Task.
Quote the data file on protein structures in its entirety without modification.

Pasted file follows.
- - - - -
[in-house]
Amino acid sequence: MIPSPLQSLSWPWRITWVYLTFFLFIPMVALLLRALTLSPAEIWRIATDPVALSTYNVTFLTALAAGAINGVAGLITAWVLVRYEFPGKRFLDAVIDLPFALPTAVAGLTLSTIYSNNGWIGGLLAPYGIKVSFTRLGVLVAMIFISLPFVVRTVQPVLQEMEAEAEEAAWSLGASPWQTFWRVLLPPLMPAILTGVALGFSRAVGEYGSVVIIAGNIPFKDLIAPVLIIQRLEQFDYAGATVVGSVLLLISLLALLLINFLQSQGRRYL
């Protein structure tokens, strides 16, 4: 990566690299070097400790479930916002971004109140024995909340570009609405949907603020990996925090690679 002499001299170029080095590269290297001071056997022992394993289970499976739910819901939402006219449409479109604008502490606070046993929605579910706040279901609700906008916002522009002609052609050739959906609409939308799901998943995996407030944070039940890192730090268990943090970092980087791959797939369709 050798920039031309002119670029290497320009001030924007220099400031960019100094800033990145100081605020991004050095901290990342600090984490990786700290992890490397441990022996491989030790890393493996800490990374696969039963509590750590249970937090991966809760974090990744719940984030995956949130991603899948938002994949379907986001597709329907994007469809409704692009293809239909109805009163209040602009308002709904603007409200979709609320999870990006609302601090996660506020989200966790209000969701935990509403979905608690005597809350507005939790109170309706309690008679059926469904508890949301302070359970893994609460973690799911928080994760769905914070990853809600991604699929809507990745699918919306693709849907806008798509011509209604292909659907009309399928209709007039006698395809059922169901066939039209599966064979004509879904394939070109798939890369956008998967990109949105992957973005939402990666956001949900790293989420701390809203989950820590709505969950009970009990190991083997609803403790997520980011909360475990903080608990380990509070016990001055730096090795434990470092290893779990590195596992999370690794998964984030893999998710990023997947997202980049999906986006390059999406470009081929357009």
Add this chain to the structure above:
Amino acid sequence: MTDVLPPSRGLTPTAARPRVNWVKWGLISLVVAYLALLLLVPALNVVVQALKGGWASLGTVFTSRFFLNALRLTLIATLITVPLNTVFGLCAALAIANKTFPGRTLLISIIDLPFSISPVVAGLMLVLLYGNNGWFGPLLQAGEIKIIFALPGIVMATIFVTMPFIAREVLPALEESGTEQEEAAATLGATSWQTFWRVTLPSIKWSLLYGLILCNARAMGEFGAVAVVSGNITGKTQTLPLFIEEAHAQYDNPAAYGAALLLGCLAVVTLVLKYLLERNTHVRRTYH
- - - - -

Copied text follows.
[in-house]
Amino acid sequence: MIPSPLQSLSWPWRITWVYLTFFLFIPMVALLLRALTLSPAEIWRIATDPVALSTYNVTFLTALAAGAINGVAGLITAWVLVRYEFPGKRFLDAVIDLPFALPTAVAGLTLSTIYSNNGWIGGLLAPYGIKVSFTRLGVLVAMIFISLPFVVRTVQPVLQEMEAEAEEAAWSLGASPWQTFWRVLLPPLMPAILTGVALGFSRAVGEYGSVVIIAGNIPFKDLIAPVLIIQRLEQFDYAGATVVGSVLLLISLLALLLINFLQSQGRRYL
């Protein structure tokens, strides 16, 4: 990566690299070097400790479930916002971004109140024995909340570009609405949907603020990996925090690679 002499001299170029080095590269290297001071056997022992394993289970499976739910819901939402006219449409479109604008502490606070046993929605579910706040279901609700906008916002522009002609052609050739959906609409939308799901998943995996407030944070039940890192730090268990943090970092980087791959797939369709 050798920039031309002119670029290497320009001030924007220099400031960019100094800033990145100081605020991004050095901290990342600090984490990786700290992890490397441990022996491989030790890393493996800490990374696969039963509590750590249970937090991966809760974090990744719940984030995956949130991603899948938002994949379907986001597709329907994007469809409704692009293809239909109805009163209040602009308002709904603007409200979709609320999870990006609302601090996660506020989200966790209000969701935990509403979905608690005597809350507005939790109170309706309690008679059926469904508890949301302070359970893994609460973690799911928080994760769905914070990853809600991604699929809507990745699918919306693709849907806008798509011509209604292909659907009309399928209709007039006698395809059922169901066939039209599966064979004509879904394939070109798939890369956008998967990109949105992957973005939402990666956001949900790293989420701390809203989950820590709505969950009970009990190991083997609803403790997520980011909360475990903080608990380990509070016990001055730096090795434990470092290893779990590195596992999370690794998964984030893999998710990023997947997202980049999906986006390059999406470009081929357009």
Add this chain to the structure above:
Amino acid sequence: MTDVLPPSRGLTPTAARPRVNWVKWGLISLVVAYLALLLLVPALNVVVQALKGGWASLGTVFTSRFFLNALRLTLIATLITVPLNTVFGLCAALAIANKTFPGRTLLISIIDLPFSISPVVAGLMLVLLYGNNGWFGPLLQAGEIKIIFALPGIVMATIFVTMPFIAREVLPALEESGTEQEEAAATLGATSWQTFWRVTLPSIKWSLLYGLILCNARAMGEFGAVAVVSGNITGKTQTLPLFIEEAHAQYDNPAAYGAALLLGCLAVVTLVLKYLLERNTHVRRTYH